Details of image radiometric correction
Overall clipping of histogram
Controlling that the available dynamic range is efficiently used with no undesirable saturation helps considerably for the preservation of the original information content needed for the correct manual photointerpretation (CAPI). It is especially helpful to improve readability of the image over dark or bright areas (caused by shadows or highly reflective objects).
The calculation of this metric is straightforward, monitoring whether the rate of pixels belonging to the first and last 5 bins of the luminosity histogram are each less than 0.5% of the total (recommended). In addition, it might be worthwhile to also apply this radiometric ‘clipping’ metric separately for each individual channel (MS and PAN), in the case a VHR bundle ortho-product is used. This is especially valid for the NIR band, since it is a key contributor for the false-color composite. This NIR does not contribute to the luminosity value, and is therefore not assessed by default. Checking the NIR band ‘cut-off’ of the VHR satellite sensors is important as we sometimes observe an over-exposure (saturation) of the grey values for the NIR band over smooth surfaces with high reflectance (partly due to specular effect). More often, such cutting off can also be a result of the rescaling to 8 bit (see images below). By processing with 16-bit files, you maintain all the information necessary to ensure quality in all portions of the histogram.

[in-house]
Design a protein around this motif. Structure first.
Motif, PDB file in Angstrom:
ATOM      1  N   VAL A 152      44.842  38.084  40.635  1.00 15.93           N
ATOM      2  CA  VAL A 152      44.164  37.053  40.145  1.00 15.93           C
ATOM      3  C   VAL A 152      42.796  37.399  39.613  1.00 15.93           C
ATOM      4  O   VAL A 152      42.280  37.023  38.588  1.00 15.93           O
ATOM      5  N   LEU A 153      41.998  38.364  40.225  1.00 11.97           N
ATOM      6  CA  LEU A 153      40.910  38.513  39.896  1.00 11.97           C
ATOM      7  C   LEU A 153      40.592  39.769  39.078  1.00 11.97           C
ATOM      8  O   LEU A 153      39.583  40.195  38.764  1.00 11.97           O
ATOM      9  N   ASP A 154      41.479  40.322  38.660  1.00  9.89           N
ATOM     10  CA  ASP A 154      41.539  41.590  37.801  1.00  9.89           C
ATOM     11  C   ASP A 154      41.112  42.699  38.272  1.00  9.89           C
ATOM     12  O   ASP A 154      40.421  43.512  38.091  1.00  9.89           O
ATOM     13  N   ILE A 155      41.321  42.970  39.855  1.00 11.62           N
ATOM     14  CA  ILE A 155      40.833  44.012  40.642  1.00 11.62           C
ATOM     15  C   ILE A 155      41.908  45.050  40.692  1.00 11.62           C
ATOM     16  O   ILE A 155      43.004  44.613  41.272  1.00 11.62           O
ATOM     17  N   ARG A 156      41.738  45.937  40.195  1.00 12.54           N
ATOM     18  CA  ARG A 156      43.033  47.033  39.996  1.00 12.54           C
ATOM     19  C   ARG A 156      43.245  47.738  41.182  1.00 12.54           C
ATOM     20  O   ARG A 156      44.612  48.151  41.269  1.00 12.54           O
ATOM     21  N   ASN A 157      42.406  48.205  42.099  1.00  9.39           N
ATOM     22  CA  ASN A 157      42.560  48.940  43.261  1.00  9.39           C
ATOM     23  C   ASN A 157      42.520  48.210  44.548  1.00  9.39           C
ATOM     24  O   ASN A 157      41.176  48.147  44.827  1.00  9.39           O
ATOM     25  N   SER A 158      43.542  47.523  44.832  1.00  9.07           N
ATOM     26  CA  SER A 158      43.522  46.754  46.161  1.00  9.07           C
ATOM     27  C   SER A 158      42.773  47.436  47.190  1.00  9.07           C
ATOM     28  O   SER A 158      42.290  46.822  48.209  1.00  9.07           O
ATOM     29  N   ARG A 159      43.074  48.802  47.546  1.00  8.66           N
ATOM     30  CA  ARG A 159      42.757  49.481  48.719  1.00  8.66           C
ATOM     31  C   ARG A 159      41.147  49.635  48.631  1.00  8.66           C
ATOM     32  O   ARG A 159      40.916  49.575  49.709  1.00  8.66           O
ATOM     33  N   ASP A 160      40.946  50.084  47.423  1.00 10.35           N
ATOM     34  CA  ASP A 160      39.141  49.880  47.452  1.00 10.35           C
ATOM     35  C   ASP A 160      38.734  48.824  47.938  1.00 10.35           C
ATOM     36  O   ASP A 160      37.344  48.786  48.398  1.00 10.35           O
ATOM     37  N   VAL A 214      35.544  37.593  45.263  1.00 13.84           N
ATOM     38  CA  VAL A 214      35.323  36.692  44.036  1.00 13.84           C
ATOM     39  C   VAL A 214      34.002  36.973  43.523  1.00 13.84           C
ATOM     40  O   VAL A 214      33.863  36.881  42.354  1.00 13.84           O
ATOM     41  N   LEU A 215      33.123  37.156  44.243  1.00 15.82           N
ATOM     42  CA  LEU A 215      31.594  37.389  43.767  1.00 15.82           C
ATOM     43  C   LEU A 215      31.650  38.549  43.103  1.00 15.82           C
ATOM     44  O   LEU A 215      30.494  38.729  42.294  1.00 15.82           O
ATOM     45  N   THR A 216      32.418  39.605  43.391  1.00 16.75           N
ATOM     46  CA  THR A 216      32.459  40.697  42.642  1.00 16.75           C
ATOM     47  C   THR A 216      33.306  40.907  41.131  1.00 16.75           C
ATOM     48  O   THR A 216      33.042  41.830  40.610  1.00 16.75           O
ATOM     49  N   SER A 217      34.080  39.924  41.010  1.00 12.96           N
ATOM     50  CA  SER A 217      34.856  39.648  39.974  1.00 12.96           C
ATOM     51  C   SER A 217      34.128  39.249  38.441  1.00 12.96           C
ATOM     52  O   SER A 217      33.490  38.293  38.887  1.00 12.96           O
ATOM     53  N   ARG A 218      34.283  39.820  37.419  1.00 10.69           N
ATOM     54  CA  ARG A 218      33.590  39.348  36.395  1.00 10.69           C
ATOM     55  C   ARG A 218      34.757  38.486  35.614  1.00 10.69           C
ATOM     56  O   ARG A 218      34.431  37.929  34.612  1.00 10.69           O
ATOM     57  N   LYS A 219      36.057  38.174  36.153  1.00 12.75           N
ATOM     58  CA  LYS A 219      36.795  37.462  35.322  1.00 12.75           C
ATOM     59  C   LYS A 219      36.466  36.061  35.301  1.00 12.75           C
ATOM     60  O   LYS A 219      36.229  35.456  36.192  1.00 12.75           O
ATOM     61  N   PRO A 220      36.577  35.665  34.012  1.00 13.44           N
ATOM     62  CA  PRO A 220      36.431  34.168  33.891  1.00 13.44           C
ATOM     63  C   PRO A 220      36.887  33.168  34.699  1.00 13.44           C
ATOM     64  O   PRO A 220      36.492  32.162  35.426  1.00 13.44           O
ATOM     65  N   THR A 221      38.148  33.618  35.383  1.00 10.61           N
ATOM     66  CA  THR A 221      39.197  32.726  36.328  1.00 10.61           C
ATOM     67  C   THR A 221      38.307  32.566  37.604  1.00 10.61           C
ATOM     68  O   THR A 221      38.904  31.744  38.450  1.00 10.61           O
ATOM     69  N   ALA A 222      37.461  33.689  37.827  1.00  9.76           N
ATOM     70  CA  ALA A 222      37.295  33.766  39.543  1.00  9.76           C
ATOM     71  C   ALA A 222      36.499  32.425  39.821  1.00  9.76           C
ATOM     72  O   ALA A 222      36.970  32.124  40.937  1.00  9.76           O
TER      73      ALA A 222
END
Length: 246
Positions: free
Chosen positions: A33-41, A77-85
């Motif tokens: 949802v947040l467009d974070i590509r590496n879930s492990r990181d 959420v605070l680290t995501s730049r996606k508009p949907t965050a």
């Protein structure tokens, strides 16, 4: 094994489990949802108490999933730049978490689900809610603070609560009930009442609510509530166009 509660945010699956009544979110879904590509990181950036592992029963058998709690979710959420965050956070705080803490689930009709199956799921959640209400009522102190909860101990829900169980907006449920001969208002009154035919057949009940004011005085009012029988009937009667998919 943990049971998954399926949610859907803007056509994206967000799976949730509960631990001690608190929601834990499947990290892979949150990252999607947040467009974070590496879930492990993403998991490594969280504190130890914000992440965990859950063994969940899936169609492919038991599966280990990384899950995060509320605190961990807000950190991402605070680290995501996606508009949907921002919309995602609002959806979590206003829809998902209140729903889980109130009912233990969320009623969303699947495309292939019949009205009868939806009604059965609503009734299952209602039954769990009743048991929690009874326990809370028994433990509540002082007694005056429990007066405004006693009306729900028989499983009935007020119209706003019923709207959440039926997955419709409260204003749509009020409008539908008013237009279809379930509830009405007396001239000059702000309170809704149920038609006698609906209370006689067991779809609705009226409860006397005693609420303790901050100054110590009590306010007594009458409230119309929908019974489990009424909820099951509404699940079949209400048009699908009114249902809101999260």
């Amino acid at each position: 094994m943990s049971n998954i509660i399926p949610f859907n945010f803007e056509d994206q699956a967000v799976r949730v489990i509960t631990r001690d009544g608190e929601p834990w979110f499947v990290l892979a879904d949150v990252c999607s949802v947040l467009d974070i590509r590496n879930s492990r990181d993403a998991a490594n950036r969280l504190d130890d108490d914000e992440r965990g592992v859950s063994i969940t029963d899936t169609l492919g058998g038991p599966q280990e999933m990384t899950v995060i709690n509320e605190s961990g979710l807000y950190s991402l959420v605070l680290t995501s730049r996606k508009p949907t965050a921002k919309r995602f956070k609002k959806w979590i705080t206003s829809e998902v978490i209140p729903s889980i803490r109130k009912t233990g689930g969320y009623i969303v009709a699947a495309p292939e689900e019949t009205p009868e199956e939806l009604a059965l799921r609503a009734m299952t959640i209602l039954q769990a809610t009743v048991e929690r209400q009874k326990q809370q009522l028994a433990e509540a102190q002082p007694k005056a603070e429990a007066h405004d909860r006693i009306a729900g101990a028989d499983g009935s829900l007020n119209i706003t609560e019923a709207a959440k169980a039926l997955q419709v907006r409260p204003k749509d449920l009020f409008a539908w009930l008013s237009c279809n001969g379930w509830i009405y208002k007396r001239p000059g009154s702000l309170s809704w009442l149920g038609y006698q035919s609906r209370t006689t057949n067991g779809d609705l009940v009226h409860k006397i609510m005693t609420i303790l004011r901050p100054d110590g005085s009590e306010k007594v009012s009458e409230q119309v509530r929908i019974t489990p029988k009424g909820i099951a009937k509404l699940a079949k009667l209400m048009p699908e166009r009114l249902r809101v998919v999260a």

So, the best practice in imagery use is to maintain its greater bit-depth.
The aim of this parameter is to ensure that the overall lightness of the image is optimised. It controls whether the minimum and maximum extents of the histogram peaks of the different spectral bands are within the recommended +/-15% range from the median value (it is 128 for 8 bit range). Indeed the exact placement and shape of the histogram can vary significantly depending of the image content (important factors are lighting conditions, land cover type, topography, etc.). Therefore, the recommended thresholds cannot be considered as absolute requirements. The aim is not to force the histogram to fit on or converge over a common spot. We could rather apply a shaping function or specific LUT (look-up table) stretch to achieve more balanced visual appearance on screen. Although dedicated to the MS part of the orthoimagery, this metric might be relevant also for the PAN band as well.